When Disney+ launched at the start of November 2019, they did so with a trove of content, including every Disney movie, every Star Wars movie, all the Marvel content and even all of the Pixar movies and shorts. And while this represents more than most of us can binge-watch over the course of a lifetime, the media giant also wanted to provide new content to drive interest. With the Star Wars original movie series wrapping up this December and a few backstory movies about major characters already released or planned (Obi-Wan Kenobi Disney+ series), the media giant decided to do a series on the race of people that spawned bounty hunters like Boba and Jango (the Fetts!).
Boba was introduced in The Empire Strikes Back (1980) and Jango in The Attack of the Clones (2002), which was released later but occurred earlier in the timeline. They are both from the planet Mandalore, aptly called “Mandalorians.” Mandalorians are a race of elite warriors, as shown when Boba hunted down Han Solo and took him to Jabba the Hutt. The show’s timeline starts five years after the Return of the Jedi. So, the original Yoda has “died,” Luke is strong with the force, Han and Leia are a couple and Ewoks are delicious. Try to keep up…
The main character is a Mandalorian (Pedro Pascal) referred to as “Mando.” Through the early episodes I watched, his real name was not divulged. Greef Karga (Carl Weathers) is in charge of handing out assignments to interested bounty hunters, including Mando. Payment is rendered via bars of Beskar steel, which are converted to pieces of armor back on the home planet. Mando’s first assignment is relatively straight forward, but soon enough he accepts a mission to retrieve a dangerous denizen which will reap significant payment. He meets with a mysterious character called “The Client,” who has Stormtrooper bodyguards (is he linked to the Empire?). The Client’s co-conspirator is one Dr. Pershing, who insists the bounty be returned alive. Using a homing beacon, Mando sets off to the planet where his target resides, only to run into a few problems. He eventually locates his target but runs into another hunter seeking the same bounty, the hunter-droid IG-11. IG-11 is chuckle-worthy as he reviews and accepts various proposals by Mando, deeming them “acceptable”.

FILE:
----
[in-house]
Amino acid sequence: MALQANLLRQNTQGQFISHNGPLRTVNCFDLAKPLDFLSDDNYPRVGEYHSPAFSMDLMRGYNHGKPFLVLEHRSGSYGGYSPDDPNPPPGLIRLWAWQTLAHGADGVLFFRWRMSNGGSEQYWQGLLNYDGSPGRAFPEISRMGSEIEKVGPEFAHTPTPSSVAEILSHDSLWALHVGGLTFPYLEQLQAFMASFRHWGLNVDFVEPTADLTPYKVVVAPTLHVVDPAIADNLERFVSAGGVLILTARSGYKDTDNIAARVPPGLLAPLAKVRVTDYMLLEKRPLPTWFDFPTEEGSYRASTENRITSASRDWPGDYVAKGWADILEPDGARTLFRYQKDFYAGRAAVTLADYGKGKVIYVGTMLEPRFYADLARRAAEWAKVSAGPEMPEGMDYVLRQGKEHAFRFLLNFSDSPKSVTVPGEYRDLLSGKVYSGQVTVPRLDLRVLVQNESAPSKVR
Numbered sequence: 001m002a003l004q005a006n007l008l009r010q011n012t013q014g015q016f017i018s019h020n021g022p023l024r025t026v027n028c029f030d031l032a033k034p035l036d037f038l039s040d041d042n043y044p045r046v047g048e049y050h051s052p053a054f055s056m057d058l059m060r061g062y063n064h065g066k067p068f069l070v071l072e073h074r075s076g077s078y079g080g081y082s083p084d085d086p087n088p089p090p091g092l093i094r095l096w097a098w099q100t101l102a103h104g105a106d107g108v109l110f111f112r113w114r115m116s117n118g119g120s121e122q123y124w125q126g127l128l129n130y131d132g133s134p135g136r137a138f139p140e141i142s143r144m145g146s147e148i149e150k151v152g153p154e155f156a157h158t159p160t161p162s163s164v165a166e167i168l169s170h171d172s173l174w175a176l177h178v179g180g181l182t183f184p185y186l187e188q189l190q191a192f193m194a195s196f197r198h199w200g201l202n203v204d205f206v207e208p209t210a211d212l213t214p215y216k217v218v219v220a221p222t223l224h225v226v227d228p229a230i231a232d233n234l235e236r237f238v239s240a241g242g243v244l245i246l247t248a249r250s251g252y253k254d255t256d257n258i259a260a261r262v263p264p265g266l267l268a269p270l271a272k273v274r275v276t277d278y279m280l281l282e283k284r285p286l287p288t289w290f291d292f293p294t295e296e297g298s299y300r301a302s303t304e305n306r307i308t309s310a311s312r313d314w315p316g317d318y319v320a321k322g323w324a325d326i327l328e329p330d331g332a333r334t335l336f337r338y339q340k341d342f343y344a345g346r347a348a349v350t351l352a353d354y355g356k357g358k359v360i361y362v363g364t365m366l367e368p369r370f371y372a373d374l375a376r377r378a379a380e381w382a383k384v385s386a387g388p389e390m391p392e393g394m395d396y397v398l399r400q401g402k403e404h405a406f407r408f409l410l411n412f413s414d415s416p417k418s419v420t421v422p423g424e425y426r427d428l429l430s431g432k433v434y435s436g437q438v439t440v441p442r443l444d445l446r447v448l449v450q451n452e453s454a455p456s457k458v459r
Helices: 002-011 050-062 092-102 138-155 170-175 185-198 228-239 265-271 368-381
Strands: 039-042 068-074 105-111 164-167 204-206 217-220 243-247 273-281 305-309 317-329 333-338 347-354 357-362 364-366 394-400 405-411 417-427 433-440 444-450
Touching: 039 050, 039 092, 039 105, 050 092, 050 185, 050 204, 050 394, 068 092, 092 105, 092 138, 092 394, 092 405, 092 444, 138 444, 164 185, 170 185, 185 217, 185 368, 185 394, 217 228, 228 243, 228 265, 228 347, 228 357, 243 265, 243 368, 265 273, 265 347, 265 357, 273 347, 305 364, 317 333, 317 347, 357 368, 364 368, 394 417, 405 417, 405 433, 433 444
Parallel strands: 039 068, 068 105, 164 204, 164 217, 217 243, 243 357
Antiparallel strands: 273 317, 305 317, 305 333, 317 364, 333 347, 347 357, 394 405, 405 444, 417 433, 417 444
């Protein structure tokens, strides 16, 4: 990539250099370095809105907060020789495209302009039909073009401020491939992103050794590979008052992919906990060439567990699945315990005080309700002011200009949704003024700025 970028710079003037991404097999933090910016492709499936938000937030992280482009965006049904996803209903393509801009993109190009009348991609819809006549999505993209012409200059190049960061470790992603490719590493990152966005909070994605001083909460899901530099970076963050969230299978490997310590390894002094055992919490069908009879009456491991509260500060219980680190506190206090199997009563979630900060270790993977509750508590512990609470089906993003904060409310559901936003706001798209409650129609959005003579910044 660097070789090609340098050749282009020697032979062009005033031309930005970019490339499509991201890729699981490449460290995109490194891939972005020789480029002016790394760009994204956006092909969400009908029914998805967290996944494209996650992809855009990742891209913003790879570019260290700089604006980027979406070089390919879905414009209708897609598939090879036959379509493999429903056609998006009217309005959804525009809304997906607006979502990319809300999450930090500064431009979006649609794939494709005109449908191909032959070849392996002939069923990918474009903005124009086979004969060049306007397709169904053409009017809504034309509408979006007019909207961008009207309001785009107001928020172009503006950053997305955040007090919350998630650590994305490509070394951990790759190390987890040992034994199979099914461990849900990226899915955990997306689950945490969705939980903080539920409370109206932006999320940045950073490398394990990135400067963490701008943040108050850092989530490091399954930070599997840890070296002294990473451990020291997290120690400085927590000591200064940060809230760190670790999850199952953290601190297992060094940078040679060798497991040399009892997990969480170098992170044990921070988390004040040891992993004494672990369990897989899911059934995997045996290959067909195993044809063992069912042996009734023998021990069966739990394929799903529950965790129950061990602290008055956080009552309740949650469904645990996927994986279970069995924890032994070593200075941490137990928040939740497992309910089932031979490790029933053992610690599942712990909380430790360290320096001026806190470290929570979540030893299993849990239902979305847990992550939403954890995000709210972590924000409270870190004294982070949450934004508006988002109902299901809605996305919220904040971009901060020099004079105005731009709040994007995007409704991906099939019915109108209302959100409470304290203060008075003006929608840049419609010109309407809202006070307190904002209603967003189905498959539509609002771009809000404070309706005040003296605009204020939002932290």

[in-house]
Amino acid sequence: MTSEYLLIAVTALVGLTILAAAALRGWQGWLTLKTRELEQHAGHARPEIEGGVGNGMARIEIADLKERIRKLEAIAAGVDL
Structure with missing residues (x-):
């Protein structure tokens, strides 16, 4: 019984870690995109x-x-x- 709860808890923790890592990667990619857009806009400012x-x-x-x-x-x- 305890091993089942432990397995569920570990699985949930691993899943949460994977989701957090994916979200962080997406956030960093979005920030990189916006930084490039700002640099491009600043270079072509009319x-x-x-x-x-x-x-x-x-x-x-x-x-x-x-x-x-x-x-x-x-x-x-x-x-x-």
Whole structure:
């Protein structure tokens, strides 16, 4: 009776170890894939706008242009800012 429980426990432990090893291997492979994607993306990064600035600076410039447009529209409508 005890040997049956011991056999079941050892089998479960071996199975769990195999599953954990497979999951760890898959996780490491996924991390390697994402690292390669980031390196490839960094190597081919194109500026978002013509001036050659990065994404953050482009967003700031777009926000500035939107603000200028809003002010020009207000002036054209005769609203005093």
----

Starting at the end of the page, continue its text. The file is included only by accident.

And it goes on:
You’ve probably already heard of “Baby Yoda.” And it’s the introduction of Baby Yoda that really kicks the show into overdrive. Without speaking a single word, the combination of puppet/CGI character emotes volumes. Mainly it observes and reacts, and plays with things it shouldn’t, as any 50-year-old toddler would. And the way Mando reacts to Baby Yoda tells you a lot about his character. Clearly Baby Yoda has powers through The Force, but why is he being hunted? And is it even a “he”? And what will happen if Mando returns Baby Yoda to The Client?
Given the bounty-hunter backstory, the series lends itself well to a western motif. In fact, one of the episodes borrows from the classic spaghetti western High Plains Drifter (1973). The special effects are very good and it’s hard to tell whether certain elements are practical effects or CGI on top of practical effects. The writing is tight, and the characters are well written. Series creator Jon Favreau has done a nice job making it relatively clear who the bad guys and good guys are. And the pacing is measured, with pauses for exposition and reflection followed by well-choreographed battle scenes. Look for technology from the Star Wars universe including the requisite blasters and even an AT-ST Imperial Walker.
If you can get past the first episode, which might feel a little slow due to the backstory that it has to deliver you’ll be rewarded with an entertaining series that plays well on its own. For sci-fi fans, The Mandalorian is definitely worth checking out.